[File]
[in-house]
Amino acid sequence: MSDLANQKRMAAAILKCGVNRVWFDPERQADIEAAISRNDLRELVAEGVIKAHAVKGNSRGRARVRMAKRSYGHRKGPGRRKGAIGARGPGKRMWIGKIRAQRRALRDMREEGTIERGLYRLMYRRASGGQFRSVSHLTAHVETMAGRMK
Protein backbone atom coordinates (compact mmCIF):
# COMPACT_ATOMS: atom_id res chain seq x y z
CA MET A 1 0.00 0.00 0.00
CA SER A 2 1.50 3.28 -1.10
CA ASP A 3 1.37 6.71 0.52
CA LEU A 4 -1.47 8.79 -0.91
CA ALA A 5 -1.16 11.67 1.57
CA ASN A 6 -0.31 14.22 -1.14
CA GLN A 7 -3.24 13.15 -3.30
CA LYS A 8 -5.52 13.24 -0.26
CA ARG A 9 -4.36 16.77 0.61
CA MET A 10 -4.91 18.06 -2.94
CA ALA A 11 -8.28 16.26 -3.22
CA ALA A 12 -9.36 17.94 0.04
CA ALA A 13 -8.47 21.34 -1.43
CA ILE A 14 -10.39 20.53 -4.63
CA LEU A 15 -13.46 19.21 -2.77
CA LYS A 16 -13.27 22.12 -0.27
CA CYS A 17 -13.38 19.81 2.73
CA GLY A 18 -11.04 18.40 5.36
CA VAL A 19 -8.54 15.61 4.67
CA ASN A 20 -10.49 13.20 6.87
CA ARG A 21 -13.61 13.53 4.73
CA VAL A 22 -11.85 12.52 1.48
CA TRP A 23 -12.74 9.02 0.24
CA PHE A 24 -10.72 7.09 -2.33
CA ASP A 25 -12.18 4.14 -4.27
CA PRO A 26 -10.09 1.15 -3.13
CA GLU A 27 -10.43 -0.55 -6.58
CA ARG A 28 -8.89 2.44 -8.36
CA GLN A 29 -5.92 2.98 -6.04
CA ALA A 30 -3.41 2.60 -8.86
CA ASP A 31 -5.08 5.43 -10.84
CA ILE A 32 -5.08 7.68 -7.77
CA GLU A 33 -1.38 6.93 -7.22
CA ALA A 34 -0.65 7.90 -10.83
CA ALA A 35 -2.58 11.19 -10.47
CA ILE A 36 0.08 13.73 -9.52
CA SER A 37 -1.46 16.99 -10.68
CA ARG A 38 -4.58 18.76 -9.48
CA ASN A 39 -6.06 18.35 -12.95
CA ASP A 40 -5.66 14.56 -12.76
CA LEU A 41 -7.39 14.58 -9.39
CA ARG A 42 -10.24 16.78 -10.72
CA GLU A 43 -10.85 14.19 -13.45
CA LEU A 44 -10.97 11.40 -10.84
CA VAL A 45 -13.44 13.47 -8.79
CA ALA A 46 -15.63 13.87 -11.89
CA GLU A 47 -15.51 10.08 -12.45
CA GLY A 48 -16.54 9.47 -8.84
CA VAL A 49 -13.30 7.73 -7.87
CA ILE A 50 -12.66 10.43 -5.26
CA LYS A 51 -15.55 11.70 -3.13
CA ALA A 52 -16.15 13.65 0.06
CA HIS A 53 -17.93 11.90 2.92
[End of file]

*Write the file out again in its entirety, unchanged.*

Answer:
[in-house]
Amino acid sequence: MSDLANQKRMAAAILKCGVNRVWFDPERQADIEAAISRNDLRELVAEGVIKAHAVKGNSRGRARVRMAKRSYGHRKGPGRRKGAIGARGPGKRMWIGKIRAQRRALRDMREEGTIERGLYRLMYRRASGGQFRSVSHLTAHVETMAGRMK
Protein backbone atom coordinates (compact mmCIF):
# COMPACT_ATOMS: atom_id res chain seq x y z
CA MET A 1 0.00 0.00 0.00
CA SER A 2 1.50 3.28 -1.10
CA ASP A 3 1.37 6.71 0.52
CA LEU A 4 -1.47 8.79 -0.91
CA ALA A 5 -1.16 11.67 1.57
CA ASN A 6 -0.31 14.22 -1.14
CA GLN A 7 -3.24 13.15 -3.30
CA LYS A 8 -5.52 13.24 -0.26
CA ARG A 9 -4.36 16.77 0.61
CA MET A 10 -4.91 18.06 -2.94
CA ALA A 11 -8.28 16.26 -3.22
CA ALA A 12 -9.36 17.94 0.04
CA ALA A 13 -8.47 21.34 -1.43
CA ILE A 14 -10.39 20.53 -4.63
CA LEU A 15 -13.46 19.21 -2.77
CA LYS A 16 -13.27 22.12 -0.27
CA CYS A 17 -13.38 19.81 2.73
CA GLY A 18 -11.04 18.40 5.36
CA VAL A 19 -8.54 15.61 4.67
CA ASN A 20 -10.49 13.20 6.87
CA ARG A 21 -13.61 13.53 4.73
CA VAL A 22 -11.85 12.52 1.48
CA TRP A 23 -12.74 9.02 0.24
CA PHE A 24 -10.72 7.09 -2.33
CA ASP A 25 -12.18 4.14 -4.27
CA PRO A 26 -10.09 1.15 -3.13
CA GLU A 27 -10.43 -0.55 -6.58
CA ARG A 28 -8.89 2.44 -8.36
CA GLN A 29 -5.92 2.98 -6.04
CA ALA A 30 -3.41 2.60 -8.86
CA ASP A 31 -5.08 5.43 -10.84
CA ILE A 32 -5.08 7.68 -7.77
CA GLU A 33 -1.38 6.93 -7.22
CA ALA A 34 -0.65 7.90 -10.83
CA ALA A 35 -2.58 11.19 -10.47
CA ILE A 36 0.08 13.73 -9.52
CA SER A 37 -1.46 16.99 -10.68
CA ARG A 38 -4.58 18.76 -9.48
CA ASN A 39 -6.06 18.35 -12.95
CA ASP A 40 -5.66 14.56 -12.76
CA LEU A 41 -7.39 14.58 -9.39
CA ARG A 42 -10.24 16.78 -10.72
CA GLU A 43 -10.85 14.19 -13.45
CA LEU A 44 -10.97 11.40 -10.84
CA VAL A 45 -13.44 13.47 -8.79
CA ALA A 46 -15.63 13.87 -11.89
CA GLU A 47 -15.51 10.08 -12.45
CA GLY A 48 -16.54 9.47 -8.84
CA VAL A 49 -13.30 7.73 -7.87
CA ILE A 50 -12.66 10.43 -5.26
CA LYS A 51 -15.55 11.70 -3.13
CA ALA A 52 -16.15 13.65 0.06
CA HIS A 53 -17.93 11.90 2.92